If you hear me singing, I am not the same.
Ours was a falling into headlong waters,
A hurtling to daylight and drowning again.

4. What is forgotten is not the letters,
Or the fading out of a childhood dream.
We wake in a sunlight that is not the same.
Headlong was our falling into those deep waters,
And further than its darkness the earth again.

5. Is this how you'd want me, as in our letters,
Laughing but only some purblind dream?
The paths in the sunshine are not the same.
Ours was a falling into headlong waters
And further than darkness the earth again.

6. Would you retain me in our few letters,
Reduce me, laughing, to some purblind dream?
The paths in the sunlight are not the same.
For ours was a falling into headlong waters,
A bewitchment further than the earth again.

Analysis

Taking the versions in turn:

1. An interesting last line, suggesting that the bewitchment lasted beyond the affair, that the earth appeared different as a result of the experience. But If faded and tangled are our few letters is itself a tousled line, and the not now checks the rhythm in The paths in the sunlight are not now the same.

2. Darkness as an extraordinarily 'dazzle' in A further than darkness or the earth again, though it's hard to know why. Is mine the firmament of our few letters, is grandiose, however, and doesn't sit well with What we wake with from a passing dream?

3. In what sense can absence fetter in What can I tell you but that absence fetters / Our days together as a purblind dream? and what does the couplet mean? If you hear me singing, I am not the same is a beautiful line, however, and worth carrying forward.

4. Rather banal is What is forgotten is not the letters, / Or the fading out of a childhood dream, and the following line has an unpleasant hardness to it. Headlong was our falling into those deep waters is direct but invites such questions as: did we dive in, or were we pushed?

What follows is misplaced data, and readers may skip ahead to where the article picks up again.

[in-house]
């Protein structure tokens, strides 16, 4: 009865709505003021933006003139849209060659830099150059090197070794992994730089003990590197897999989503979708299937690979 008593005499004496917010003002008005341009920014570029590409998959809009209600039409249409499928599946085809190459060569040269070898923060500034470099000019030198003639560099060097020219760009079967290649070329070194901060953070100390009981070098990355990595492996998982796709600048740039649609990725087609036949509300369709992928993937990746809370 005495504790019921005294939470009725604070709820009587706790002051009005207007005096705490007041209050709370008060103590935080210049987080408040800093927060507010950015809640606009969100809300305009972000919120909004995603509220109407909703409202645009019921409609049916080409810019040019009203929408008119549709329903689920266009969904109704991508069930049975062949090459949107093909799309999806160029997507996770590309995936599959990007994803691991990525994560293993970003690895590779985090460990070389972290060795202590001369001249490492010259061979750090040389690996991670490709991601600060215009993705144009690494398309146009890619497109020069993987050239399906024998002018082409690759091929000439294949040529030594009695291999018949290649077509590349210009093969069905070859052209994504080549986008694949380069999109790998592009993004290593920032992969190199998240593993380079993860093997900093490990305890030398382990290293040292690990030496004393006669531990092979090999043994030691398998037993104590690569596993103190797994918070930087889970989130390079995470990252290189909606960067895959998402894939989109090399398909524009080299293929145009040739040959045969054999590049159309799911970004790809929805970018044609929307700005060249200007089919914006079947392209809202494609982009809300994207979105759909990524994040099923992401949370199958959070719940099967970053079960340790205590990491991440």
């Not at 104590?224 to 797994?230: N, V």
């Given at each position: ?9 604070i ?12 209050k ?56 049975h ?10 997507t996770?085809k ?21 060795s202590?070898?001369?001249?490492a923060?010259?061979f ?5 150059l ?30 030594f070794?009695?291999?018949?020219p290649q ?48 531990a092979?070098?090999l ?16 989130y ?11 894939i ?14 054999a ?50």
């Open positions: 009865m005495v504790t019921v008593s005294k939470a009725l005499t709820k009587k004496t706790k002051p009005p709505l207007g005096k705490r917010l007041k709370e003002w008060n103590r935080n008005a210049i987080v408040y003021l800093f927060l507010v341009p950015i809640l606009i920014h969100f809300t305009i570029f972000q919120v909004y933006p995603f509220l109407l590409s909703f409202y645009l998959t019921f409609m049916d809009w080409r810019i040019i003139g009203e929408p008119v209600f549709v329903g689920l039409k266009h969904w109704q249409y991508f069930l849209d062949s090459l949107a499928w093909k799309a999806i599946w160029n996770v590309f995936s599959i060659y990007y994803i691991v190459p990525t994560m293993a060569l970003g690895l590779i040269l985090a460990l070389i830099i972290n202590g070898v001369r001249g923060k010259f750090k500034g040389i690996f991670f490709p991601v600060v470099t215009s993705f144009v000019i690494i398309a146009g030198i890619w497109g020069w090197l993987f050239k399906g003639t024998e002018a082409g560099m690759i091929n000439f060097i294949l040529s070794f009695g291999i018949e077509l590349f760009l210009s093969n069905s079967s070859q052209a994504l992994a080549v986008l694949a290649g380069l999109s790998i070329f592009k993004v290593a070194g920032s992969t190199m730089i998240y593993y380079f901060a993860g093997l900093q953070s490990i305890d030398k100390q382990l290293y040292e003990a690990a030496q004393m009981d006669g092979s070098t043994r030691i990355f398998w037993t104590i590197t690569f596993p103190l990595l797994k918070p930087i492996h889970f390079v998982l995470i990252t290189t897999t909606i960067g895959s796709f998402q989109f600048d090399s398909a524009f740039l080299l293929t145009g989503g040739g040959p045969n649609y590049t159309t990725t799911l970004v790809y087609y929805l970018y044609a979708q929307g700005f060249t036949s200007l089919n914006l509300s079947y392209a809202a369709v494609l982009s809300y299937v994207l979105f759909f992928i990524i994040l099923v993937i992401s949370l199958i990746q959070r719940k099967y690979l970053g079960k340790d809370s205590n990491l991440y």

5. The stanza is beginning to shape up, but the rhythm of the first line is uncertain, and there seems something 'horsey' about the second.

6. Probably the best: the rhythm is reigned in over the first line and flows unchecked in the second, setting a pattern for the stanza and the poem as a whole.

Wessex: Second Draft

Adopting version 6, and polishing, we get:

Would you retain me in our few letters,
Reduce me, laughing, to some purblind dream?
The paths in the sunlight are not the same.
For ours was a falling into headlong waters,
A bewitchment further than the earth again.

Why reiterate how every chit of stone
Brimmed with a music that now is silent?
In the torrents of spring we yearn for attainment —
For the yielding, the belonging, the outward turned in:
How fast that epiphany is put away.

Say what you want to, exactly: I shall not care.
Enough were the words once to clothe the heart.
But now I am part of all the inanimate
Small and the suffering. Tell me: does the circling year
Return to the branch where our own bird sang?

Pretend to yourself — why don't you? — I shan't be long,
What with the sun up, the air soft, and the leaves warm.
There is no one to hear you. It will do no harm
To hold me awhile as though summers bring
Tangible wonderment only once.

Why the incessant indulging of old regrets,
Playing the martyr? We have done our stint.
The fields have reseeded; the little that went
On from us soaring to a famed romance
Is burned out and sintered, the first child spilled.

Readers will have to make up their own minds on the completed poem, a long one, which is given here. Modernists will hate the piece, but it has an emotive power that their work commonly lacks.

A 568-page free pdf ebook on practical verse writing is available from Ocaso Press. Click here for the download page.

Notes and References

1. Ode to the West Wind. Percy Bysshe Shelley. Poem Hunter. http://www.poemhunter.com.
2. Atalanta in Calydon: A Tragedy by Algernon Charles Swinburne. Poem Hunter. http://www.poemhunter.com.

 

The final poem is published in free pdf form by Ocaso Press.